Now for Continental Northern Europe. Yes, you may have cold winters but you are compensated by longer, hotter summers than us Brits, so with winter protection can you grow B. armata in your garden? The surprising answer is Yes! The most remarkable specimen that I know of in Northern Europe was planted in 1973 by EPS member Eric Von Speybroeck in the somewhat unlikely setting of Ghent in the tropic of Belgium. This amazing specimen did finally succumb to a very long cold spell during the winter of l996/1997 - a month of permanent frost. Nonetheless Eric had over twenty years of pleasure growing this lovely palm, which regularly produced at least six and often seven new leaves a year. The palm was covered (essential in cold continental winters) but was never given any artificial heat whatsoever! Indeed Eric grows many other species of palm as well as a mind boggling assortment of other exotica. With many years of practical experience Eric is a true pioneer with palms and exotica, and I am very much looking forward to an article he hopes to write in a future edition of the journal. One thing for certain: Eric has proved that IT CAN BE DONE!

My personal experiences with this gorgeous palm have been largely successful to date but I have had some problems with the first spear or two to open i.e. there has been some botrytis affecting the outer segment of the leaf and initially I put this down to frost damage. After careful consideration I now think the problem is one of drainage. Yes, I did work grit and gravel into the planting position but in the case of B. armata this was not enough. On my clay soil the admixture of aggregates seems to work fine for B. capitata and P. canariensis, which adapt well to clay providing there is no waterlogging of the soil. T. fortunei actually enjoys clay soil. However B. armata needs much sharper drainage than these and I am therefore now occupied with providing extra drainage to the palm.

The lawn to the west of the palm has been removed to an area of seven feet by twenty one feet and I am presently installing a soil drainage system using perforated piping. Gravel and sharp grit will also be dug into the soil and covered by more gravel. If this seems a bit over the top, I should explain that I am not only attempting to provide the Brahea with extra drainage but also to open up an additional area of the garden for more exotics including PALMS of course!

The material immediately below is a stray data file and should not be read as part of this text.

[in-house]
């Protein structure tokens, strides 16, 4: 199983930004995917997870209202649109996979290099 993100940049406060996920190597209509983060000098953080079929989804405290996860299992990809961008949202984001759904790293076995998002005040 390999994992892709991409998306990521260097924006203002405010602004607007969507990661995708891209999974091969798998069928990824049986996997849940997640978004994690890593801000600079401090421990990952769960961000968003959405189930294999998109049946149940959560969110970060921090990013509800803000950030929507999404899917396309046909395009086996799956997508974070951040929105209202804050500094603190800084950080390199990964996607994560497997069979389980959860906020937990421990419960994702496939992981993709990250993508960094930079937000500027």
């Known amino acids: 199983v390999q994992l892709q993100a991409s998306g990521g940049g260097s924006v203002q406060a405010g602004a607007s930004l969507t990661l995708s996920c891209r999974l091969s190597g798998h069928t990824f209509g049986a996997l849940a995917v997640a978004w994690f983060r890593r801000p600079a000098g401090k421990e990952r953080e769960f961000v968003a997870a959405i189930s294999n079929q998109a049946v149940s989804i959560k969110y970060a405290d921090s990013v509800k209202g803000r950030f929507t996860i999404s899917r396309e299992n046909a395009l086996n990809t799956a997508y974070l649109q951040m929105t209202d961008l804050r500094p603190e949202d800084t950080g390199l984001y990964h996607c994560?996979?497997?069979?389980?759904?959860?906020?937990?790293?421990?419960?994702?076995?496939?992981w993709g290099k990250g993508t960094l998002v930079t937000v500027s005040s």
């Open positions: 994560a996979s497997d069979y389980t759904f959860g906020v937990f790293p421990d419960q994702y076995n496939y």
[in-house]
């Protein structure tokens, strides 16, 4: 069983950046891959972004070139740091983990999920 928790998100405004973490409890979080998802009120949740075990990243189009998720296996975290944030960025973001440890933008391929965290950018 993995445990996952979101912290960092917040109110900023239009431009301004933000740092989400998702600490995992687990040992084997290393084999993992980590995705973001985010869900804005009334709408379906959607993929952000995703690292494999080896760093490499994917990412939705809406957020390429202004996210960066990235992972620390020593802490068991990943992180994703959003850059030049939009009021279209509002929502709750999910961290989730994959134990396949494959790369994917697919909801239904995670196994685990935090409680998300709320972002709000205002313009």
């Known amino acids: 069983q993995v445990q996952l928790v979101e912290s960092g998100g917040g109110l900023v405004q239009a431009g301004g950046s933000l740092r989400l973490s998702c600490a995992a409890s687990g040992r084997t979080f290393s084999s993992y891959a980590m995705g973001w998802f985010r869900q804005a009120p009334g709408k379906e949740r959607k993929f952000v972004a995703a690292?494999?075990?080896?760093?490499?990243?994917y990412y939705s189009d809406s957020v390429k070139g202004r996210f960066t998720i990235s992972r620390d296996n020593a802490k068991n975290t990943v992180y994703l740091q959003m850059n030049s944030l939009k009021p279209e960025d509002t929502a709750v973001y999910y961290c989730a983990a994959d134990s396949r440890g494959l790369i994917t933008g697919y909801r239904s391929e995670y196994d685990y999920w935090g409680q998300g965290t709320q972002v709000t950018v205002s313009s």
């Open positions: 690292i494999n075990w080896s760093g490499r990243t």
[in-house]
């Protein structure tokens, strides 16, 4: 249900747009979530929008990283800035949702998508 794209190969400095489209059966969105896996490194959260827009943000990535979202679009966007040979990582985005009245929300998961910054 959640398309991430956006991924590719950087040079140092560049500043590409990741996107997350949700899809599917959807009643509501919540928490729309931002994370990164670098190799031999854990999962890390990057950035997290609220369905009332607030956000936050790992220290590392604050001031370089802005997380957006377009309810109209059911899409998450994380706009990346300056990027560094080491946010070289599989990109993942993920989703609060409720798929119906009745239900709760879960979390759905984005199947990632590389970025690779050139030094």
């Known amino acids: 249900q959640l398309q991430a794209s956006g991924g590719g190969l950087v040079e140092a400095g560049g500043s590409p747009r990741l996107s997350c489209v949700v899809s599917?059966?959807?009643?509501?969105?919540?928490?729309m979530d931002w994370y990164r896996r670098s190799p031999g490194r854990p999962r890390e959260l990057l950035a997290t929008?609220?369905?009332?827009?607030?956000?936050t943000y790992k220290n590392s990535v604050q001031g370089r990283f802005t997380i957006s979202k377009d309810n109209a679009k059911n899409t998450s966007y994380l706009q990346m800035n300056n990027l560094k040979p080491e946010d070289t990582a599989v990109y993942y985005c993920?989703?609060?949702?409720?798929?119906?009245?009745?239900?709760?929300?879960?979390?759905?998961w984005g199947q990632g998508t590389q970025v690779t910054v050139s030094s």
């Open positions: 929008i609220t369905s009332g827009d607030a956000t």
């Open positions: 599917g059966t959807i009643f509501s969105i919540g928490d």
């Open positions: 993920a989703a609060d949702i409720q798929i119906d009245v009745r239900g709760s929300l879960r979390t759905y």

One of the most interesting aspects of the Brahea’s development is the size of the petioles which are very different from recently imported specimens of the same height, the petioles on our specimen being around 30cms in length and 2cms in width at the hastula. The new arrivals have petioles nearer to 60cms in length and l.5cms in width, i.e. longer and thinner (my cooler growing conditions perhaps?) The crown is therefore quite dense, which is rather a good thing as any damaged leaves are well camouflaged and indeed the silvery blue colour of the leaves is enhanced.

I am in total agreement with the sentiment previously expressed in “Chamaerops” that no palm is worth growing outside if it barely survives and looks terrible, but as you can see in the picture our palm is very acceptable indeed.

The reason our soil conditions are slightly moist in places is not entirely due to our clay soil alone, but to the fact that we are fairly close to the water table, and indeed are situated near to the seafront, the garden being only twenty feet above sea level. However, we are fortunate that there is almost no waterlogging of the soil, a condition that would prove fatal to most palms. Nevertheless, on moving here in 1993, it was immediately obvious that no amount of soil drainage would be sufficient to enable us to grow succulents such as Agave, Dasylirion and Puya, for in my area the winter frosts would turn them to mush. Therefore one of our first garden projects was the construction of two raised beds consisting of 90% 3/8" shingle, 6% sharp grit and 4% peat/shredded bark. This medium, almost devoid of organic content, may seem far too open for any plant to survive in but many are only too happy in this “soil” and do not suffer any frost damage. An example is Puya alpestris which produced its first flowering stem last June to happily coincide with a visit by Eric and Anny van Speybroeck. There is a little more to this raised bed technique than the composition of the medium alone, and should members be interested I will give full details in a future issue of “Chamaerops”.

A final point: Under British conditions B. armata does NOT appear to succeed when planted small, such specimens either succumbing to their first winter or only just surviving and producing a leaf or two a year. The minimum planting size for success would appear to be about twenty inches and the optimum size, twenty four to thirty six inches. I am not aware of any large (six foot plus) specimens being planted outdoors in the British Isles, but it seems probable that if attempted, they would succeed. I hope to give an update on our lovely Mexican Blue Palm again in another couple of years. Till then, Adios Amigos!